Growing up, over the holidays, in our home, those holidays were filled with lots of people, lots of food, good conversations, and always ended in heaps of physical abuse.
When we arrived at the final iteration of home, in my 6th grade year, my parents were introduced to social circles that they had never experienced before, as of yet.
Meeting new people always invited others to ones dinner table, over the holidays. Those dinners became the stuff of legends. My mother perfected her cooking while competing for the top spot ranking of who threw the best soiree…
Hands down, my Step mother had this competition IN THE BAG.
We grew up in the company of several local families who hobnobbed together at festive times of the year. My step mom, Nancy (not my real step mom/but close enough), she and Fred had The House, The Wealth, and the Alcohol, to win the grand prize of best party hosts.
My father, as hateful as he was, and as judgmental he was, and as HOMOPHOBIC as he was, relented when it came to dinner parties, even if those dinner parties had invited guests of the HOMOSEXUAL stripe. Elton, Garcia and Bob, were the three gay men I grew up with.
My step mom knew I was gay, before I openly admitted to anyone that I was gay. So did my parents. It was like, they all knew, and nobody told me. However I had, all along, been doing my gay homework, reading the assorted “Material” my father left out, in their bathroom, for public consumption.
I can’t, for the life of me, believe, that my father did not know, I was reading his smut. I mean, you can’t be that stupid to think that if you leave something in the bathroom to read, that someone isn’t going to pick it up and PERUSE …
Yet, after every dinner party, where gay men were on the field, that I could carry on conversations with, that I never carried on with my own father, made him IRATE. And when we arrived home each night, he would beat the shit out of me, hoping to BEAT THE GAY, out of me.
My step mom had the huge house, with the appropriate dinner table that sat an army of men and women, all at the same time. When we were kids, the kids would find themselves at the kids table in the breakfast nook, off the kitchen. Separated from the adults, until we grew up and had “Come of Age” and were invited to dine WITH the adults.
I was telling my friends at dinner tonight, parts of this story, minus the gore.
Nancy taught us social skills, she raised all of the kids/Nee teenagers, into quite well-behaved and respectable young adults. Alcohol was always available to us. When we crossed the room, into the main dining room, with the adults, we had arrived.
The other day, Nancy’s oldest daughter said that she missed mom. Nancy died a couple of years ago, so holidays are a bit bleak for her daughters. Me as well. Because if it was not for Nancy, we would have never had the life experiences we did, growing up.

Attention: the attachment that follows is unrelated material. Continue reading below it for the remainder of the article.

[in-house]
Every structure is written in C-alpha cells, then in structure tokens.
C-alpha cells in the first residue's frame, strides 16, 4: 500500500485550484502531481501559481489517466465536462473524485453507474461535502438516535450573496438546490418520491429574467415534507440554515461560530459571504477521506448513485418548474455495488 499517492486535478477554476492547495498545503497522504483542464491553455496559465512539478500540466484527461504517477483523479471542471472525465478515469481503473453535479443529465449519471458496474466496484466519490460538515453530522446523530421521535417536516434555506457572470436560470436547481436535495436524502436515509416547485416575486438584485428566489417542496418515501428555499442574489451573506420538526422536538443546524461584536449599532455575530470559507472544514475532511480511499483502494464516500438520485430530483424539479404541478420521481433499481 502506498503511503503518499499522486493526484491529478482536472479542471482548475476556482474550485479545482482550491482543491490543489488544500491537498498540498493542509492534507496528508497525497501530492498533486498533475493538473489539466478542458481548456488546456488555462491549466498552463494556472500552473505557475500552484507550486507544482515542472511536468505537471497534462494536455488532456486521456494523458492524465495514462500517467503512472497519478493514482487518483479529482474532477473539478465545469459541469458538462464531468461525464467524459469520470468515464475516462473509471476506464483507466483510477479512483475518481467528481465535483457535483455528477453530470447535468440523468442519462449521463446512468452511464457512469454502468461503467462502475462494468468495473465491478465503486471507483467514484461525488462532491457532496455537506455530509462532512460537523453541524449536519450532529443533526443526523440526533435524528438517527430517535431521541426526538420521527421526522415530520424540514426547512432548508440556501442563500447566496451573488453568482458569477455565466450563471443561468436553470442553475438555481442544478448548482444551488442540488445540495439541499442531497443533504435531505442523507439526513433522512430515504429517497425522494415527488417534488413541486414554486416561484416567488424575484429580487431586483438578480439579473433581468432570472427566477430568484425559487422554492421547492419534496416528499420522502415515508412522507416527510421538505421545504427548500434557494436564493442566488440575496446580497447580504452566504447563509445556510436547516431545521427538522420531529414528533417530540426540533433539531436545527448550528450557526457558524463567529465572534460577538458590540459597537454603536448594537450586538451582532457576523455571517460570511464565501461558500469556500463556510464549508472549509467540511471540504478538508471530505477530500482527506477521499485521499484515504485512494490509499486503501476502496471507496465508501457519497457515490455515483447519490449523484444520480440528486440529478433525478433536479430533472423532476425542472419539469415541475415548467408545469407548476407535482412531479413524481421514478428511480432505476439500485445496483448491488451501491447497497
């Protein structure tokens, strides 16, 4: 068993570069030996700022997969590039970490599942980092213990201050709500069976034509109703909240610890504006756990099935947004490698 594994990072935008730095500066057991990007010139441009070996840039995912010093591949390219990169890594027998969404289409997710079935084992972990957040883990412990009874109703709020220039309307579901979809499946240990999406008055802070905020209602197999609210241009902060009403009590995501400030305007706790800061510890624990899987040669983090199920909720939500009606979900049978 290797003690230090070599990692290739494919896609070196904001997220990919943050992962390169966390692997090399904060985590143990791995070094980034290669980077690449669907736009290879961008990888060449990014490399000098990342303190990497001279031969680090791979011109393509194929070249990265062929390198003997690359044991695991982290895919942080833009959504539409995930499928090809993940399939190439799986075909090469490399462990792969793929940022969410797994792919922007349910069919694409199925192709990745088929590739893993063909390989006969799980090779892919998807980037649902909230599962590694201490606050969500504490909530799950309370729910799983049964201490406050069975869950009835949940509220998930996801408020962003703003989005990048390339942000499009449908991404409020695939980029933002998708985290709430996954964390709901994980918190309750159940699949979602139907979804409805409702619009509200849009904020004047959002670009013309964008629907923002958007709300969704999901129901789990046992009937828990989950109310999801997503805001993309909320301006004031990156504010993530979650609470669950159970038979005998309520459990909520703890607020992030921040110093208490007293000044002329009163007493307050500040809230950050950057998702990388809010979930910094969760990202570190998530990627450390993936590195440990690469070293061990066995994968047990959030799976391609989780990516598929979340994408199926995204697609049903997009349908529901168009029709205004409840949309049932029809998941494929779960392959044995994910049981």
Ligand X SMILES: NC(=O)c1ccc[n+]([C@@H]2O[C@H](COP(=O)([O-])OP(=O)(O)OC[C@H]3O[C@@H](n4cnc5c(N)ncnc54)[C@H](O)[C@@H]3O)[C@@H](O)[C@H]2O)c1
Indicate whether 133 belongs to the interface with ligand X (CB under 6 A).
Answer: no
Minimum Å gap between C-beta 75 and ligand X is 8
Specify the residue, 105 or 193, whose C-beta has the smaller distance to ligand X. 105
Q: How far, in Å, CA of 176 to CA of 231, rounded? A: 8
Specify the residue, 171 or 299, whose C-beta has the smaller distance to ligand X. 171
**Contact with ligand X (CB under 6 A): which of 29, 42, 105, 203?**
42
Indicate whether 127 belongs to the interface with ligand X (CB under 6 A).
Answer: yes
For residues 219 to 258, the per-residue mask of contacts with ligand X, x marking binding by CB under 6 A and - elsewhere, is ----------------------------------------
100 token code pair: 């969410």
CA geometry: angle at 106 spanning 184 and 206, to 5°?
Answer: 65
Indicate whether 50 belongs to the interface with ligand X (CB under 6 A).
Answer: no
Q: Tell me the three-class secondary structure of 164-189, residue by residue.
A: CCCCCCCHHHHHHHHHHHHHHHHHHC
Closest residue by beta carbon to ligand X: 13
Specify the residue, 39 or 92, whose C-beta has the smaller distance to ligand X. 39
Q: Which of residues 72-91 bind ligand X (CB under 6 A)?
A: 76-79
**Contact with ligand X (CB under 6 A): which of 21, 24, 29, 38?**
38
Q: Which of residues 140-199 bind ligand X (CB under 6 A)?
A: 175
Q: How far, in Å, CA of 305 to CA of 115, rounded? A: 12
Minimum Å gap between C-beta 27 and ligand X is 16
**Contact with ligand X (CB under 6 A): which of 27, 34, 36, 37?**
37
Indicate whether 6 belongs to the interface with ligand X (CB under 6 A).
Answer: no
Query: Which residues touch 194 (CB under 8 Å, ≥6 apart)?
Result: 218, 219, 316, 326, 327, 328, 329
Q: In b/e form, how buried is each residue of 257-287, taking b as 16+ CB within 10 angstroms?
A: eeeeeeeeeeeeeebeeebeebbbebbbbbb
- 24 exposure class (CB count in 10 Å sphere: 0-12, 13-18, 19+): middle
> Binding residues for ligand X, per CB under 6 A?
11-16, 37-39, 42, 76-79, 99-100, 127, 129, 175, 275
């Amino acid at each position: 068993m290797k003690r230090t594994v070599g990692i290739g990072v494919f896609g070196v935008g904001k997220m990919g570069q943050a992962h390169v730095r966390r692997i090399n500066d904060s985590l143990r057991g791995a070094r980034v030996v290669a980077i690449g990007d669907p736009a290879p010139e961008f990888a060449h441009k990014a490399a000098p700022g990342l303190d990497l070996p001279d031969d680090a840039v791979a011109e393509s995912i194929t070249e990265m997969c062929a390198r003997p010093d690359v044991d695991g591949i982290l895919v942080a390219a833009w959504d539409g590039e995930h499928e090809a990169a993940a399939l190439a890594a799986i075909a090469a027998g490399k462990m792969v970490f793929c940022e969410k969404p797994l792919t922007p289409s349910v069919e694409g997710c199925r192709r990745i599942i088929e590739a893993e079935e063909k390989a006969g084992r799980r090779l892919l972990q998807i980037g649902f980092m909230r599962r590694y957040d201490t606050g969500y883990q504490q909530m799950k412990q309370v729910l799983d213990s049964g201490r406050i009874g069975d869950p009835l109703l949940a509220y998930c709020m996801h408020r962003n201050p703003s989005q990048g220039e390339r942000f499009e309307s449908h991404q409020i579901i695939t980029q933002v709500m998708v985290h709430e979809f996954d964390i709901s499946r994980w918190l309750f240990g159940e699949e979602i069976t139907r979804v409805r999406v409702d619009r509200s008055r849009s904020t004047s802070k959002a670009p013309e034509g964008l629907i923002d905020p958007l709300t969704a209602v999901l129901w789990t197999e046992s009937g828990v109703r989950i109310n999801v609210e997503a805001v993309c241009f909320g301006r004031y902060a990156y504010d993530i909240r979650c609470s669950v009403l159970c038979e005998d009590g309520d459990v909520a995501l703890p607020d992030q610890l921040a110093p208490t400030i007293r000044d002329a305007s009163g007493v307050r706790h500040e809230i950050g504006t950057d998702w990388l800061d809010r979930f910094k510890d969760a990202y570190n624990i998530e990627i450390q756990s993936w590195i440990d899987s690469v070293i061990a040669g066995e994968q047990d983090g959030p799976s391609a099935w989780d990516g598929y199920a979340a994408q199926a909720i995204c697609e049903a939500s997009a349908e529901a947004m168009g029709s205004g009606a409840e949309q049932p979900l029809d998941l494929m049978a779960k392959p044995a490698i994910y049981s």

I told Dawn that yes, mom is gone, and we miss her terribly. But, the silver lining to missing someone is that Mom sure knew how to throw an A-List dinner party with panache and style.
Juan and Nadia are two very important friends. Juan and I have been friends since the day he walked into Sunday Nighter’s more than three years ago. He is still sober.
When Juan and Nadia got engaged, Hubby and I began to include them in special events, or dinner “Double dates.” Bringing friends into your social circle is an important part of growing into well-rounded sober adults.
So it went. Juan and Nadia had gone to Toronto for Christmas with his parents, to visit his brothers and sisters, down south of us. The weather was NOT stellar, so the drive down and back was fraught with danger.
I had decided this year to change-up my guest list. We put off Christmas dinner until this evening, so that Juan and Nadia could have Christmas Dinner at our place tonight.
This dinner was special. Because my in-laws had gifted us a ton of money in HSBC gift cards for The Bay. We really did not have the proper tools to entertain, because we only have the one set of dishes from our wedding registry.
And in Mom’s honor, I wanted to do this the right way.
I shopped new earthen ware dishes, in yellow, hubby shopped cutlery and glasses. I cooked a turkey dinner to feed a small army. We spent all day yesterday cleaning and scrubbing the apartment to standards that aren’t usually seen.
With the stage set for success, today, we did the shopping that needed to be completed for dinner, and this afternoon we cooked.
Dinner was a grand affair. We learned a little bit more about each other. And as a married couple, our jobs, as friends, is to paint a picture of what married life is going to look like, in a general way. Socializing outside of a meeting can be fruitful and is also important. I don’t invite many people to my table.
Out of respect for my elders, my GAY elders, in the rooms, I always invited a particular friend over for holidays. But after my gay friends turned their backs on me over the last year, my jaded and bruised heart was resolute. No more charity for people who aren’t charitable towards me.
Our little spartan kitchen is not huge. And space comes at a premium. And making a grand holiday dinner work, takes a bit of work. I have a system that I have polished over the past sixteen years of holiday dinners. It all worked.
A good time was had by all.
I think I did Mom proud tonight and I know she was smiling down at me.